Want your child to progress in reading but don't want to push them too hard before the right time? Find out what one mum discovered about reading to her child. Also, read our guide on how to get started with reading to your child!
I remember taking to reading like a fish to water. Years later, I still consider books as one of my best friends. I knew that I always wanted that for my child and when I was pregnant I started reading to my child. It didn’t bother me that my family members looked at me weirdly, because in my mind the best time to begin reading is when a child is still in the womb.
Though the little one could not see any pictures or words, she could still recognise and respond to my words. You might wonder how this is different from talking to your child, and the answer is in my child. She loves books and lights up when I read her the books from when she was still in the womb. For me that shows that her love for books started in the womb! Here’s a guide on how to get started with reading to your child:
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At this stage, books can be introduced to your little one. I recommend getting cloth books with sensory additions, such as rough and felt surfaces, as well as noisemakers. This will help your child feel and hear the book as you read to them. Cloth books also have the added benefit of being made of material that won’t tear despite being chewed on multiple times.
The best way to engage children with reading is by being an animated storyteller. Parents can do this by varying their tones and pitches when telling a story and by really living the story through their body language and voice.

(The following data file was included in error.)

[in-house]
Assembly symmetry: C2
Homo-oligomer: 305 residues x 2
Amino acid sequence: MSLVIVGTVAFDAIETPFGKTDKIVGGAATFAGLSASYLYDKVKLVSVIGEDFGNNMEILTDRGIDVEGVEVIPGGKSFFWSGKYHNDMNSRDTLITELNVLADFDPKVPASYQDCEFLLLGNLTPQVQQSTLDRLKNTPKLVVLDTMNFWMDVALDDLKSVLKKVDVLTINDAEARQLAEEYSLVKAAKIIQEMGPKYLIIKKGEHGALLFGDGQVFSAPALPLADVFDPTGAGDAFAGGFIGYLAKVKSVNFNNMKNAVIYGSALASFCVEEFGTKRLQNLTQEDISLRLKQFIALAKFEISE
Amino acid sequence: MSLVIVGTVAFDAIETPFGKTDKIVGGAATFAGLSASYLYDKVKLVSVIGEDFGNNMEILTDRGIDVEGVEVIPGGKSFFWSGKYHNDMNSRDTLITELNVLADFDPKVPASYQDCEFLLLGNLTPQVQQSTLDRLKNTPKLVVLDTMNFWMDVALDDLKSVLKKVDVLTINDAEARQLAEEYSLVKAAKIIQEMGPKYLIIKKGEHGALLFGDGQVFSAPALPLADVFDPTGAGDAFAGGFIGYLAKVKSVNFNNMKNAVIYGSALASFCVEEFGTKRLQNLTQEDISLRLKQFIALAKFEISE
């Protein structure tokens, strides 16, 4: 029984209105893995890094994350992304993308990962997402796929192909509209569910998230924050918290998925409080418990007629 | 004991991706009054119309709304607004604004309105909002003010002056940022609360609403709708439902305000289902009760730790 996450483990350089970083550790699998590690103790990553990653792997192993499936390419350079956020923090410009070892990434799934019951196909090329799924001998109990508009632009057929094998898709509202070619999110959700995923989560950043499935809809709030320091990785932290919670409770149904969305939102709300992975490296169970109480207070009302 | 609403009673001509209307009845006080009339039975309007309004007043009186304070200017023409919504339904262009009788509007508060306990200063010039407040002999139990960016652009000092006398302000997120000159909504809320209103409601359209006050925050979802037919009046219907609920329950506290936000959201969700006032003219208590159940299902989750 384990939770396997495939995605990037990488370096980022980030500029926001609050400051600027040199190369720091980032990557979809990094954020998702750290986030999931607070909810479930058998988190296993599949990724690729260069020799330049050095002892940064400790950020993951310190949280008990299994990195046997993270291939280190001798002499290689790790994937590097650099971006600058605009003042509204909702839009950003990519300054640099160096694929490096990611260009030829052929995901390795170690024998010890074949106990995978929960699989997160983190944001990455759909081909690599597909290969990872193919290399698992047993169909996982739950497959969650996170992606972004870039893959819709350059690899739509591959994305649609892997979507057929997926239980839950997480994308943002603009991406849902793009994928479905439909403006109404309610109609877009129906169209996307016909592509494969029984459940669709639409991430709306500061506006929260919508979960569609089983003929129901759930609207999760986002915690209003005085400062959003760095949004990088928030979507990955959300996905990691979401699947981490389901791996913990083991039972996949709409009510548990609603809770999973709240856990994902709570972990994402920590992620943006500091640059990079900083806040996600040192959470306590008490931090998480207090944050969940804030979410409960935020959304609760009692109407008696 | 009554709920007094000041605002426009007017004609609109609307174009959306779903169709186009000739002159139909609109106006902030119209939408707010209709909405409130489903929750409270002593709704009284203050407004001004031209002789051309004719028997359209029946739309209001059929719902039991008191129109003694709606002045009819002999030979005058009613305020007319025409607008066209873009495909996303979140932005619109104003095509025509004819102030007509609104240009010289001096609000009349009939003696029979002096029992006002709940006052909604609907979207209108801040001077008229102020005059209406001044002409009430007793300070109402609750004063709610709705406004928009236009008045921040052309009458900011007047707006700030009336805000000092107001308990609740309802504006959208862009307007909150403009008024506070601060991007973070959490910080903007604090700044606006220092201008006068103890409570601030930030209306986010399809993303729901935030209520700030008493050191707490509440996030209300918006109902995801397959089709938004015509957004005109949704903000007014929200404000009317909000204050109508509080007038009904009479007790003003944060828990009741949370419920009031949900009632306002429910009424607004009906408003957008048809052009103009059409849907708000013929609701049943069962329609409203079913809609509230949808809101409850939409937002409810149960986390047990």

Slow and steady
They say slow and steady wins the race, and the same applies to the concept of reading. When reading to your child, you should be unhurried and meaningful. There should not be any distractions. Both parent and child should be relaxed. That’s why most would recommend incorporating reading to your child as part of a bedtime routine.
Oh the joy!
Remember that reading is supposed to be enjoyable! Steer clear of reading to your child and turning the session into a reading drill. The focus should be on the story and the joys of reading as opposed to the technicality of pronunciation and enunciation.
Can you relate?
As your child gets older, encourage them to pick books that interest them. At this stage, you might also consider introducing books that your child can relate to. For example, if they are going through a new experience such as starting school or potty training, reading to your child about stories that deal with those subject matters will help them to identify with the characters and personally deal with similar situations.
As you can tell by now, there is no hard and fast rule when you should start reading to your child. In fact every moment can be turned into the best time. When did you first start reading to your child and are they now avid and voracious readers?
For more on reading to your child, watch this video: